Politics

Endless 9/11s: How the Bush-Cheney Response to the World Trade Center Attack Shaped Today’s Terrors

Non-state terrorism was a bewildering foreign policy and military challenge in 2001, and even more so now.

In Fight Against ISIL, Obama Finds Himself Facing Michael Corleone's Dilemma

He'd like to get out of the Middle East, but the actions of ruthless enemies draw him back.

Republicans Make Big Advances Thanks to Citizens United

The increase in corporate money in elections has favored one party over the other.

Want to Fix the Jobs Crisis? Build a Federally Funded Worker Education Infrastructure

Critics are wrong when they say that, as one solution to underemployment, job training is a failure. Successful programs are plentiful, but they are small and scattered.

Could Scottish Independence Set Off a Cascade of Secession?

Scottish independence may seem like a fine idea—until you consider what Europe could look like in its wake. Or America, for that matter.

Can Republicans Be Convinced to Help Improve the Affordable Care Act?

There are improvements to the law that both sides could agree on, if only Republicans would be willing to help.

The Top 10 Percent of White Families Own Almost Everything

The overall wealth distribution picture is grim and getting worse.

What Happens When the Person Taking Care of Your Mom Can’t Earn a Living Wage?

When the Supreme Court ruled that unions could not collect dues from the home-care workers they represent, the justices set workers and their clients on a course that could harm them both.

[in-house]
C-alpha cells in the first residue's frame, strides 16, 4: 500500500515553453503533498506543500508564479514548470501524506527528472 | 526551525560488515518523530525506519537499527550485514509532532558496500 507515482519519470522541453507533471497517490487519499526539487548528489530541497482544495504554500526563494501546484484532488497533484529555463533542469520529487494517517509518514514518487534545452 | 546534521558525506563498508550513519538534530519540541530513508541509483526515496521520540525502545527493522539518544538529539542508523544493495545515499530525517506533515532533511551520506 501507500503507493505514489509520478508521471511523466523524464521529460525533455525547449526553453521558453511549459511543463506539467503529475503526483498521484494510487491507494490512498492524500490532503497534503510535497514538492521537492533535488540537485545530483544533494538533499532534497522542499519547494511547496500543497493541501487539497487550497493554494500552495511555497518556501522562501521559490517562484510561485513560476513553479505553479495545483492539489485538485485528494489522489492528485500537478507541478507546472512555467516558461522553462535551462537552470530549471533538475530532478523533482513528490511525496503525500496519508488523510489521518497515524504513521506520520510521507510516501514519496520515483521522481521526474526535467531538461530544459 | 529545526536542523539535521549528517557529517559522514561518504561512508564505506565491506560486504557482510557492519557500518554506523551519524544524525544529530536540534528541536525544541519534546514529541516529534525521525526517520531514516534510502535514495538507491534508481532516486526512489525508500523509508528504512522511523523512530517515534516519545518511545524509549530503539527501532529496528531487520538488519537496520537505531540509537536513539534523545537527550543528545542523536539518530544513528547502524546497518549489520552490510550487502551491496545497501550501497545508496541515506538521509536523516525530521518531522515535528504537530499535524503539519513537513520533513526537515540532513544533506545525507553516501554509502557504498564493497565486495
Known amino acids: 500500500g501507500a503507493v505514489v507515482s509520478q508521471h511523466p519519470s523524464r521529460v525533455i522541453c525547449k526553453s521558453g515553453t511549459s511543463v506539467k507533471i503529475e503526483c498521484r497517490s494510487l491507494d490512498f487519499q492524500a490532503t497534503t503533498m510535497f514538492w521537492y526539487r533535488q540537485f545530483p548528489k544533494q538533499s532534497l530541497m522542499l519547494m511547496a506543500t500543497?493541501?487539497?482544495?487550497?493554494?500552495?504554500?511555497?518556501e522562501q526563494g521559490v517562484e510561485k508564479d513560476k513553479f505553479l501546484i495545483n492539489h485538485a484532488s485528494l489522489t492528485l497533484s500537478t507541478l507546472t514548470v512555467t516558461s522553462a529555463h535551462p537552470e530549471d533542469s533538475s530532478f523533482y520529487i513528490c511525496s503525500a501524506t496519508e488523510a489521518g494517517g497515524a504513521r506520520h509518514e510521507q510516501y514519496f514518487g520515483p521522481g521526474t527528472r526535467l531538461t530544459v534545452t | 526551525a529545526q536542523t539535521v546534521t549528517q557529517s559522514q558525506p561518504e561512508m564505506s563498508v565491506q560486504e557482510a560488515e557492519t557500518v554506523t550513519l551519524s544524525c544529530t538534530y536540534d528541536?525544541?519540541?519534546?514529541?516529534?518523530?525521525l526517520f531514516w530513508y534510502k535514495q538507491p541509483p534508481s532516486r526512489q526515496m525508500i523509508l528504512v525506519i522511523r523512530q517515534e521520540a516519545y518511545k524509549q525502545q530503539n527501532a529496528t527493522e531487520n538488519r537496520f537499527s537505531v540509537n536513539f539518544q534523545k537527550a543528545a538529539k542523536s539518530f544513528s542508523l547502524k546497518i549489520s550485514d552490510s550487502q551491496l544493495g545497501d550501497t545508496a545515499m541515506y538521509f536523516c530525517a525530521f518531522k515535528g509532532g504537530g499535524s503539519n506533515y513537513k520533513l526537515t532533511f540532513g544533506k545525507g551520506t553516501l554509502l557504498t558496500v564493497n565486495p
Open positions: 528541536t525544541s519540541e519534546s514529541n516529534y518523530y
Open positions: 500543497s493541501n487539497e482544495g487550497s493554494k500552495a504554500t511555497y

What Happens When the Person Taking Care of Your Mom Can’t Earn a Living Wage?

When the Supreme Court ruled that unions could not collect dues from the home-care workers they represent, the justices set workers and their clients on a course that could harm them both.

What's Missing in the American Media: Working People

So far this year not a single representative of a labor union has appeared on any of the four Sunday network talk shows, according to a new report. And entertainment TV has abandoned the working class.

Labor's New Groove: Taking the Struggle From Streets to Legislatures

With private-sector union membership at an all-time low, and workers fed up with stingy wages and scant—if any—benefits, the labor movement takes up new strategies. 

Why the Legacy of Katrina on New Orleans Is Different From Disasters That Befell Other Cities

Nine years after the storm, why is it that divine retribution remains in the discussion when considering Katrina?

Still Nader After All These Years

It is heartening that Nader, at age 80, is still biased towards hope more than cynicism.

The Snake in the Market Basket: Can the Company Recover From Employee Revolt Without Loading Up With Debt?

The CEO loved by the supermarket chain's employees for worker fairness had to partner with a private equity firm to win back his place. Nobody yet knows what price the piper will exact.

Why Republicans Can't Solve Their Problem With Women Voters

They're trying to figure it out, but the problem lies in both their policies and their attitude.

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